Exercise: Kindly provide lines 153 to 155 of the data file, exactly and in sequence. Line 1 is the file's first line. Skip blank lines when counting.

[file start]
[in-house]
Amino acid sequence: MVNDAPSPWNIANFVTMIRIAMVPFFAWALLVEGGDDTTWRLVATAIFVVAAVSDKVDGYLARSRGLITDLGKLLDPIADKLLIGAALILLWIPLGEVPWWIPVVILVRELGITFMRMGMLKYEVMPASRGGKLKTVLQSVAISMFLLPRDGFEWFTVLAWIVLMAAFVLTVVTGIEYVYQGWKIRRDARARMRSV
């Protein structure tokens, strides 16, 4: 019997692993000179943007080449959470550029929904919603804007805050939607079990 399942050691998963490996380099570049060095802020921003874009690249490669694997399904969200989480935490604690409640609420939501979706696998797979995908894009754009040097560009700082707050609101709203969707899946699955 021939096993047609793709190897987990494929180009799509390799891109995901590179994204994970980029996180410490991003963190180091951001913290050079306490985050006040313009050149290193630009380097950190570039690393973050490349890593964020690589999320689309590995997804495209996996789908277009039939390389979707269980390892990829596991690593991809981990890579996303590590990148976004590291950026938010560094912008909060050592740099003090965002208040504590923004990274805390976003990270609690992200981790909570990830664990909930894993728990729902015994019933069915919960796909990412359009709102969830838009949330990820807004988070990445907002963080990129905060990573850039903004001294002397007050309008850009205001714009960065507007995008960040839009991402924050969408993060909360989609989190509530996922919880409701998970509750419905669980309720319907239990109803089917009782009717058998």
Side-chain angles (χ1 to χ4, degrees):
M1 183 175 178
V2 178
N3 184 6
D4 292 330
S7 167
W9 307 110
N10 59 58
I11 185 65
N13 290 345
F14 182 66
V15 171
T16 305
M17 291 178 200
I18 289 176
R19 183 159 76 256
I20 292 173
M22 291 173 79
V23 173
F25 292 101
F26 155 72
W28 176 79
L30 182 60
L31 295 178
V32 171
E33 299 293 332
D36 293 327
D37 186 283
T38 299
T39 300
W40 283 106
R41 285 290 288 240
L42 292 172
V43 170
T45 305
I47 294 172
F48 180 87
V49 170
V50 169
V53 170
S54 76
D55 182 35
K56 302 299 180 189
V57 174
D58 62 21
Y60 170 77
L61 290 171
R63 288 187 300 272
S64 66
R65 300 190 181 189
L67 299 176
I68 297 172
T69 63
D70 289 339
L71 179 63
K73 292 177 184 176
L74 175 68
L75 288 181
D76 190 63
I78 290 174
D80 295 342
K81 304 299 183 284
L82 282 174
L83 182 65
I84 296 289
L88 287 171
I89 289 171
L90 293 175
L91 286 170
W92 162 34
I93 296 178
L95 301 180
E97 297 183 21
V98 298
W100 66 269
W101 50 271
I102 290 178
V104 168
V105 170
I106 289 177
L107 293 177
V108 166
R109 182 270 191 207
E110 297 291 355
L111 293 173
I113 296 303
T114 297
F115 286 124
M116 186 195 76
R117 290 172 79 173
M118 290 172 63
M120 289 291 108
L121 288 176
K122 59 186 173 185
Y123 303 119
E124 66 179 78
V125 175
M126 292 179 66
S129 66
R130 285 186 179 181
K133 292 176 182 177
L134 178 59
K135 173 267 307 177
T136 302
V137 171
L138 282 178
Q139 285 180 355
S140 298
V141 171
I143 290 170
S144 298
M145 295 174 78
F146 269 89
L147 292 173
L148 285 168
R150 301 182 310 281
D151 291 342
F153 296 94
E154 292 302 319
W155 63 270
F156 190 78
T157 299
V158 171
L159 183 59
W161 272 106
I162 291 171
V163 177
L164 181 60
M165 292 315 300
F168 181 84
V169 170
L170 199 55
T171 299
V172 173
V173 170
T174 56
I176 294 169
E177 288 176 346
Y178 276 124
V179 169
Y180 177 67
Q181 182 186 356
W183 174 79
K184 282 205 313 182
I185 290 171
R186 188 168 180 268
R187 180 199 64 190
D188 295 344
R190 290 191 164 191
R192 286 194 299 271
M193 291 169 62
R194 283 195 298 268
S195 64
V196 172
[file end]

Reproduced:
R192 286 194 299 271
M193 291 169 62
R194 283 195 298 268